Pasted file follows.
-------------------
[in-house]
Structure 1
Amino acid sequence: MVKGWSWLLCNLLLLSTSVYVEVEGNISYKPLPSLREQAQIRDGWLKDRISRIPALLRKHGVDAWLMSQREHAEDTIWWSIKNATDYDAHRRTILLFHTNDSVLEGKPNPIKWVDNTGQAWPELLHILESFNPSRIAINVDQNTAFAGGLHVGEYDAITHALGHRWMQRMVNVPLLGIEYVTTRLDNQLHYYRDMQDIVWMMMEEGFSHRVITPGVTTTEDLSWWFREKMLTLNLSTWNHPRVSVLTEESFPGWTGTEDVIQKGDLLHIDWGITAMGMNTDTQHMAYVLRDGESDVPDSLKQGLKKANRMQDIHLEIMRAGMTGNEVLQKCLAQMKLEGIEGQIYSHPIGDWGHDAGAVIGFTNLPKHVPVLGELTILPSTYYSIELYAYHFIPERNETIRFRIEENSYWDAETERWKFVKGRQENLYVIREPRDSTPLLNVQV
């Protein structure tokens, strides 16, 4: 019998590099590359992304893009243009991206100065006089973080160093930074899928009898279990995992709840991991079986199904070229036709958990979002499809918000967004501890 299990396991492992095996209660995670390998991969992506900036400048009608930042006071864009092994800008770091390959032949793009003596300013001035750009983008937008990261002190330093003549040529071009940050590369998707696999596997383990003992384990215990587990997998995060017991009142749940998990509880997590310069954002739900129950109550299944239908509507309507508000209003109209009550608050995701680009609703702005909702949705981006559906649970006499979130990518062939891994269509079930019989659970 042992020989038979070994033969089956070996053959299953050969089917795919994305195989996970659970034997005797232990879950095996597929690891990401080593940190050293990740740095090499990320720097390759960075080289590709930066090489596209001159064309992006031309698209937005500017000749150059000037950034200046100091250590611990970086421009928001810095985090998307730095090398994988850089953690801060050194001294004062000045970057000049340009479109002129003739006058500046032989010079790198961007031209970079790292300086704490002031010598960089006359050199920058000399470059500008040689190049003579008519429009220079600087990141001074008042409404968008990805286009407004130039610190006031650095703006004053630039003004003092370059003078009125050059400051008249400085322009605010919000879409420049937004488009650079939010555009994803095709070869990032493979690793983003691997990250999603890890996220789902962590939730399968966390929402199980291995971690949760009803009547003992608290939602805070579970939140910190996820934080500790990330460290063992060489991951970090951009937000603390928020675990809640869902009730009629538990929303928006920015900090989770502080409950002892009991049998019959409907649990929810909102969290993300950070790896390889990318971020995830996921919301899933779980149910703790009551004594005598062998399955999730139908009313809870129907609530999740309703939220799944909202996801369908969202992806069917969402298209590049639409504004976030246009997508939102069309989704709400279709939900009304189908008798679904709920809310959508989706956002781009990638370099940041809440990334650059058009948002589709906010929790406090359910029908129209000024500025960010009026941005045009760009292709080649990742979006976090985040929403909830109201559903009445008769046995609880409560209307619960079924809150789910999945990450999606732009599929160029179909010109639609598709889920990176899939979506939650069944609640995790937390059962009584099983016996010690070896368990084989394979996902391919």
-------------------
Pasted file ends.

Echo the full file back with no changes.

[in-house]
Structure 1
Amino acid sequence: MVKGWSWLLCNLLLLSTSVYVEVEGNISYKPLPSLREQAQIRDGWLKDRISRIPALLRKHGVDAWLMSQREHAEDTIWWSIKNATDYDAHRRTILLFHTNDSVLEGKPNPIKWVDNTGQAWPELLHILESFNPSRIAINVDQNTAFAGGLHVGEYDAITHALGHRWMQRMVNVPLLGIEYVTTRLDNQLHYYRDMQDIVWMMMEEGFSHRVITPGVTTTEDLSWWFREKMLTLNLSTWNHPRVSVLTEESFPGWTGTEDVIQKGDLLHIDWGITAMGMNTDTQHMAYVLRDGESDVPDSLKQGLKKANRMQDIHLEIMRAGMTGNEVLQKCLAQMKLEGIEGQIYSHPIGDWGHDAGAVIGFTNLPKHVPVLGELTILPSTYYSIELYAYHFIPERNETIRFRIEENSYWDAETERWKFVKGRQENLYVIREPRDSTPLLNVQV
């Protein structure tokens, strides 16, 4: 019998590099590359992304893009243009991206100065006089973080160093930074899928009898279990995992709840991991079986199904070229036709958990979002499809918000967004501890 299990396991492992095996209660995670390998991969992506900036400048009608930042006071864009092994800008770091390959032949793009003596300013001035750009983008937008990261002190330093003549040529071009940050590369998707696999596997383990003992384990215990587990997998995060017991009142749940998990509880997590310069954002739900129950109550299944239908509507309507508000209003109209009550608050995701680009609703702005909702949705981006559906649970006499979130990518062939891994269509079930019989659970 042992020989038979070994033969089956070996053959299953050969089917795919994305195989996970659970034997005797232990879950095996597929690891990401080593940190050293990740740095090499990320720097390759960075080289590709930066090489596209001159064309992006031309698209937005500017000749150059000037950034200046100091250590611990970086421009928001810095985090998307730095090398994988850089953690801060050194001294004062000045970057000049340009479109002129003739006058500046032989010079790198961007031209970079790292300086704490002031010598960089006359050199920058000399470059500008040689190049003579008519429009220079600087990141001074008042409404968008990805286009407004130039610190006031650095703006004053630039003004003092370059003078009125050059400051008249400085322009605010919000879409420049937004488009650079939010555009994803095709070869990032493979690793983003691997990250999603890890996220789902962590939730399968966390929402199980291995971690949760009803009547003992608290939602805070579970939140910190996820934080500790990330460290063992060489991951970090951009937000603390928020675990809640869902009730009629538990929303928006920015900090989770502080409950002892009991049998019959409907649990929810909102969290993300950070790896390889990318971020995830996921919301899933779980149910703790009551004594005598062998399955999730139908009313809870129907609530999740309703939220799944909202996801369908969202992806069917969402298209590049639409504004976030246009997508939102069309989704709400279709939900009304189908008798679904709920809310959508989706956002781009990638370099940041809440990334650059058009948002589709906010929790406090359910029908129209000024500025960010009026941005045009760009292709080649990742979006976090985040929403909830109201559903009445008769046995609880409560209307619960079924809150789910999945990450999606732009599929160029179909010109639609598709889920990176899939979506939650069944609640995790937390059962009584099983016996010690070896368990084989394979996902391919």